Thus far we’ve covered this topic from several angles.
We’ve looked at how to…
Change the Situation
Change the Sizzler
Change the Offending Adult
What could be left?
How about. . .
Changes in Ourselves ???
I can hear you now.
Excuse me? What do I have to do with any of this? Isn’t this all about the behavior of others?
Well, yes. And, well…no.
It’s also about grace.
Being gracious in the face of well-meaning or sometimes not-so-well meaning comments.
And why, you might ask, should we extend graciousness to people who’ve been far less than gracious to us in the first place?
Well…I don’t know about you, but I have on more than one occasion been the supplier of some of those less-than-gracious remarks
TO MY OWN SIZZLER!!!
The very thing I’m quite happy to accuse others of doing to my child, I have been more than happy to do, once or twice, myself. In fact I once said that it would probably be good for me to send my homeschooled Sizzler off to public school where at least SOMEONE is likely to be civil to him.
I need look no further back in the rear view mirror than this past Thanksgiving. My son was giving me a hard time on something (why is it I can never remember exactly what we were arguing about?) and I actually uttered the words,
“Son, just for today, could you please be nicer than you really are?”
What was THAT!!!
I would have had a hissy fit if any other person had said such a thing to my son!
How dare they! Such an inappropriate remark! Such thoughtlessness. Such negativity. What is their problem?
And yet…there it was.
And once again, there I was…asking my son’s forgiveness for his mother’s too-quick-to-be-kind tongue.
So for me, the first part in this graciousness deal comes in realizing that I too can be the provider of some of the very same kinds of comments that I find so offensive in others.
I understand how my son might drive people a little bonkers.
He really can talk a lot.
He really can say something inappropriate (although I can’t imagine where he would get this from)
He really can drive a point into the ground to the extent that it can give everyone a migraine.
So if you take someone who does NOT have a Sizzler themselves,
who does NOT have experience with all of the wonderful pluses that come with these Sizzlers,
who may themselves need more rigid order in their lives than typically accompanies a Sizzler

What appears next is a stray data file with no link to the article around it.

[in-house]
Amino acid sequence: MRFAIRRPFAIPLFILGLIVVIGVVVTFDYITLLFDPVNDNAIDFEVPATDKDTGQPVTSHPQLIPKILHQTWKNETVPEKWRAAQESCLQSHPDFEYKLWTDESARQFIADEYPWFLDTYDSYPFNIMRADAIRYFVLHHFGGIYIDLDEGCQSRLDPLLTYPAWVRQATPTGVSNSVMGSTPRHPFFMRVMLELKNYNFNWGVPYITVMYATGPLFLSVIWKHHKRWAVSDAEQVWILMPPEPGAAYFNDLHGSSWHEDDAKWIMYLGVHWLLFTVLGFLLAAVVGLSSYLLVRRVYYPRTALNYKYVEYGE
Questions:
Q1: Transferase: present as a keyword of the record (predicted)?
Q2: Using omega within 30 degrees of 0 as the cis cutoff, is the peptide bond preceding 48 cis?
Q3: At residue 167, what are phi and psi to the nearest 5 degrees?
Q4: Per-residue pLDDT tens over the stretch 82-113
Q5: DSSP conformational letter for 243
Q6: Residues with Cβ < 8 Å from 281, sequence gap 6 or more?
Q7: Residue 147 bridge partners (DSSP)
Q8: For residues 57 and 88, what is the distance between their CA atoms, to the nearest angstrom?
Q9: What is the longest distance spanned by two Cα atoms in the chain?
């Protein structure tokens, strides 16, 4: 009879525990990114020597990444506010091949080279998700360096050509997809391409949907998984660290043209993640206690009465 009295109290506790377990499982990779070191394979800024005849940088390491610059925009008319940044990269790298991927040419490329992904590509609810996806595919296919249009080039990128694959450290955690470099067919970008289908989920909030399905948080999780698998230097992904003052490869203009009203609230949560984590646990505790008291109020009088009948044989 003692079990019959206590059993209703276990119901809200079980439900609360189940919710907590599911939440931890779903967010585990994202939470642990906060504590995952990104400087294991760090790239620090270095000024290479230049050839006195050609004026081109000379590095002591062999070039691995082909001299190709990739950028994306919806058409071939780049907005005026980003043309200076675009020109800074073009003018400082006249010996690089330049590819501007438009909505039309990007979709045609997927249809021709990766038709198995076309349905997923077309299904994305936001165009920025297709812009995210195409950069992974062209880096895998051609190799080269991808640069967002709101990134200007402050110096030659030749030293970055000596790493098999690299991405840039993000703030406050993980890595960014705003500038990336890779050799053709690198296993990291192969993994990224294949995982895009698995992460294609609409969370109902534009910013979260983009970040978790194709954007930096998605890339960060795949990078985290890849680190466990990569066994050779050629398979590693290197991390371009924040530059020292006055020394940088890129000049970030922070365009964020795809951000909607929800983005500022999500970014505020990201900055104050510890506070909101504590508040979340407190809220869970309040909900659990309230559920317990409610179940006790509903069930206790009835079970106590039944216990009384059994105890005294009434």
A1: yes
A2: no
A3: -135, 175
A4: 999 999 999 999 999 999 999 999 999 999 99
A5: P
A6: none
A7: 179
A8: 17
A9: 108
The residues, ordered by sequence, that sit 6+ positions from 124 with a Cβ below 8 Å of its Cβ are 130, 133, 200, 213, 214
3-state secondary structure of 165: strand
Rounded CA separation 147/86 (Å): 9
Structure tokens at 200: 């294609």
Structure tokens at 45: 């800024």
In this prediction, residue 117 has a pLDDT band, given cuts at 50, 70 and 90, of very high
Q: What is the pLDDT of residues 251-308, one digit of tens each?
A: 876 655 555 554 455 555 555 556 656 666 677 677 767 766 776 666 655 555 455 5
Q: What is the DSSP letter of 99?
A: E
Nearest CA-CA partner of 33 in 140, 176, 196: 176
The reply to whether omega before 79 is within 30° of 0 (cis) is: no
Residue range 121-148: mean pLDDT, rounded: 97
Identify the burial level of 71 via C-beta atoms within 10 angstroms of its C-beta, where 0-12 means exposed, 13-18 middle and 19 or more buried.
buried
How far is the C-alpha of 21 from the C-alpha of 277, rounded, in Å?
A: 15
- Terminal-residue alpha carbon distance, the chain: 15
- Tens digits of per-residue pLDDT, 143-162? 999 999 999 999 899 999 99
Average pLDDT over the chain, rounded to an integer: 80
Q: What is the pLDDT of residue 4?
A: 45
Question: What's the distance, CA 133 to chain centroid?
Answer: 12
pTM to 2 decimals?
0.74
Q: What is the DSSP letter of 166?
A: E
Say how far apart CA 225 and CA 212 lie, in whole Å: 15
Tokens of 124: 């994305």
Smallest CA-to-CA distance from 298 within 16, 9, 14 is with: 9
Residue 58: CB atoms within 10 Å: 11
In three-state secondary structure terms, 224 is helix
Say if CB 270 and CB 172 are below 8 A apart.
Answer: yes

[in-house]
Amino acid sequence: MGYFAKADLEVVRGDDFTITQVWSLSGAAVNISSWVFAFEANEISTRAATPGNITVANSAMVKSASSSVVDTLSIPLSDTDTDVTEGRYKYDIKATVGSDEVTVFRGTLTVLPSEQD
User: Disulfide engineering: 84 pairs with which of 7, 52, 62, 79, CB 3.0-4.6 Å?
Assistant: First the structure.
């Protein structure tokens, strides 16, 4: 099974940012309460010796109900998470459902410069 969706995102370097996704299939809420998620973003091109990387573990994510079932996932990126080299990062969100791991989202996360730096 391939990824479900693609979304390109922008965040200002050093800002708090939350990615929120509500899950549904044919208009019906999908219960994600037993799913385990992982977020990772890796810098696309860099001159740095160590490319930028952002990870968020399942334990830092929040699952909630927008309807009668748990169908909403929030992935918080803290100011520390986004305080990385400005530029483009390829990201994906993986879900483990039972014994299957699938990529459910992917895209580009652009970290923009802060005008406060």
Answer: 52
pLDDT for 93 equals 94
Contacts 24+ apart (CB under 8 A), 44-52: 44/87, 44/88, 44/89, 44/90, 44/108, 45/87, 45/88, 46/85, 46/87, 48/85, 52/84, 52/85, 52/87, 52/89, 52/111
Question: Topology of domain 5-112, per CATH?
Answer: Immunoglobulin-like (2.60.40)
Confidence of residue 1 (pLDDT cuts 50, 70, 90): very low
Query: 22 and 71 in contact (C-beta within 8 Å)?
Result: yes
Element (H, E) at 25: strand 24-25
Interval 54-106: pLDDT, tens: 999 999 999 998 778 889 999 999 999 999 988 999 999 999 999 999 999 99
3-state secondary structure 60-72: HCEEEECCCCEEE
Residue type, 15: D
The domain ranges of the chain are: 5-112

and who does not have a deep and forgiving well of love for this child,
then it shouldn’t surprise us that they might come away with an “irkable” spirit (my new favorite word).
I know that when I am out of my element, I too can say something inappropriate because I just don’t have a good experience base to say something appropriate and meaningful and empathetic and understanding and helpful.
I could be ( and most likely am) the one saying something insensitive.
So I’ve grown a bit cynical at my own highly offended reactions to others. There’s a little bit too much mea culpa to go around.
Secondly, it is worth developing this graciousness because it takes away much of the power of the offender to impact your child.
Your child will see your reactions.
And later when you’ve got your beloved Sizzler alone, let him or her know what goes with your graciousness.
That this offending person, through no fault of their own, doesn’t “get it” and can’t “get it” and thus, we can smile and be kind, because their comments don’t define us.
That this person needs things to go a certain way, that they need a familiar set of responses from people. And while that is common and not necessarily a fault, it also limits their ability to enjoy the unusual, the fresh, the different. We can even go so far as to allow ourselves to feel sympathy for people so unable to see “out of the box”.
That we are each different in different ways. And being a bit misunderstood is something most trailblazers are accustomed to.
That one day, we will probably say something that shows how out of touch we are with a certain topic, and we can only hope that someone will apply as much graciousness to us as we can now show to this misinformed commenter.
Teach your child the powerful lesson that we can smile, be kind and still FULLY disagree with the conclusion.
Let him know that how he defines himself comes through how well he works with the gifts he has been given.
And by how very much he is loved and valued by you.